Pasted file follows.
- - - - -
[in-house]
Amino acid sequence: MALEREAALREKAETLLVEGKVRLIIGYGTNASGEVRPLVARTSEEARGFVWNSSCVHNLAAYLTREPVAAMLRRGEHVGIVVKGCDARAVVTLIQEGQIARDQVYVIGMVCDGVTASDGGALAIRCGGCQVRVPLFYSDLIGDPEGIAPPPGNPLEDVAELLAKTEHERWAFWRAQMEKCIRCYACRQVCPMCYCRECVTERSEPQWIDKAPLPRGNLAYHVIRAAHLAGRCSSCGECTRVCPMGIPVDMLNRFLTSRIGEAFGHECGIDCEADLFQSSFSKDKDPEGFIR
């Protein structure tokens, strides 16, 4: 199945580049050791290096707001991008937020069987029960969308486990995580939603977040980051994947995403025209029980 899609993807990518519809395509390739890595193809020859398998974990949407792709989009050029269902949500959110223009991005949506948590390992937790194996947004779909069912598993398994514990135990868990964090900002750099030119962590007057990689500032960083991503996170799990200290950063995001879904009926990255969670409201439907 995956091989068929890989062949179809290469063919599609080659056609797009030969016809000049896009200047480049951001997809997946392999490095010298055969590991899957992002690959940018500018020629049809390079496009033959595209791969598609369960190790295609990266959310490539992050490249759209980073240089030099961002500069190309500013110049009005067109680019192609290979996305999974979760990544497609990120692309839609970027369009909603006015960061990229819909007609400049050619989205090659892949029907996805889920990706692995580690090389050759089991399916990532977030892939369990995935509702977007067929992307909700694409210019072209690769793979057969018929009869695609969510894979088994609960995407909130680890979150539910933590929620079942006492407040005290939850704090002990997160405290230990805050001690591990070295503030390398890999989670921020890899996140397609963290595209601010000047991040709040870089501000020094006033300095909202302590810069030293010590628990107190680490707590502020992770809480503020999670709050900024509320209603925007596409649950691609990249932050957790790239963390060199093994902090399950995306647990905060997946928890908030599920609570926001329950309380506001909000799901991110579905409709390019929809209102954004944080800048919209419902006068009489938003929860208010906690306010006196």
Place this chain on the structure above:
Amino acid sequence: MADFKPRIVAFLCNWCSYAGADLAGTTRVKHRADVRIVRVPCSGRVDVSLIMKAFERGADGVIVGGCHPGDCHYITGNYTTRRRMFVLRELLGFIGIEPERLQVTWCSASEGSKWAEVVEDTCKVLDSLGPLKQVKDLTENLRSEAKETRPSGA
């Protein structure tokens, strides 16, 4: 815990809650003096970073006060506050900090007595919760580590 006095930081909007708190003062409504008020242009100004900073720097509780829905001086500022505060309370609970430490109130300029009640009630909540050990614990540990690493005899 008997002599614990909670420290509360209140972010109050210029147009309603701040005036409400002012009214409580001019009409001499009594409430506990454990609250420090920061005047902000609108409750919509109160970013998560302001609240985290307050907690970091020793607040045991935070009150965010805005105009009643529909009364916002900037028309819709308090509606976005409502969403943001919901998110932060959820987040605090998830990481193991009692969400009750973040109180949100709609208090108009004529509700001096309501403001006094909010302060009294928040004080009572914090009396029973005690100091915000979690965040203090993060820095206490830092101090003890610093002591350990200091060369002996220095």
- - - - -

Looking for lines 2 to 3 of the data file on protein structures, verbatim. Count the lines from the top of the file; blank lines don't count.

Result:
Amino acid sequence: MALEREAALREKAETLLVEGKVRLIIGYGTNASGEVRPLVARTSEEARGFVWNSSCVHNLAAYLTREPVAAMLRRGEHVGIVVKGCDARAVVTLIQEGQIARDQVYVIGMVCDGVTASDGGALAIRCGGCQVRVPLFYSDLIGDPEGIAPPPGNPLEDVAELLAKTEHERWAFWRAQMEKCIRCYACRQVCPMCYCRECVTERSEPQWIDKAPLPRGNLAYHVIRAAHLAGRCSSCGECTRVCPMGIPVDMLNRFLTSRIGEAFGHECGIDCEADLFQSSFSKDKDPEGFIR
């Protein structure tokens, strides 16, 4: 199945580049050791290096707001991008937020069987029960969308486990995580939603977040980051994947995403025209029980 899609993807990518519809395509390739890595193809020859398998974990949407792709989009050029269902949500959110223009991005949506948590390992937790194996947004779909069912598993398994514990135990868990964090900002750099030119962590007057990689500032960083991503996170799990200290950063995001879904009926990255969670409201439907 995956091989068929890989062949179809290469063919599609080659056609797009030969016809000049896009200047480049951001997809997946392999490095010298055969590991899957992002690959940018500018020629049809390079496009033959595209791969598609369960190790295609990266959310490539992050490249759209980073240089030099961002500069190309500013110049009005067109680019192609290979996305999974979760990544497609990120692309839609970027369009909603006015960061990229819909007609400049050619989205090659892949029907996805889920990706692995580690090389050759089991399916990532977030892939369990995935509702977007067929992307909700694409210019072209690769793979057969018929009869695609969510894979088994609960995407909130680890979150539910933590929620079942006492407040005290939850704090002990997160405290230990805050001690591990070295503030390398890999989670921020890899996140397609963290595209601010000047991040709040870089501000020094006033300095909202302590810069030293010590628990107190680490707590502020992770809480503020999670709050900024509320209603925007596409649950691609990249932050957790790239963390060199093994902090399950995306647990905060997946928890908030599920609570926001329950309380506001909000799901991110579905409709390019929809209102954004944080800048919209419902006068009489938003929860208010906690306010006196």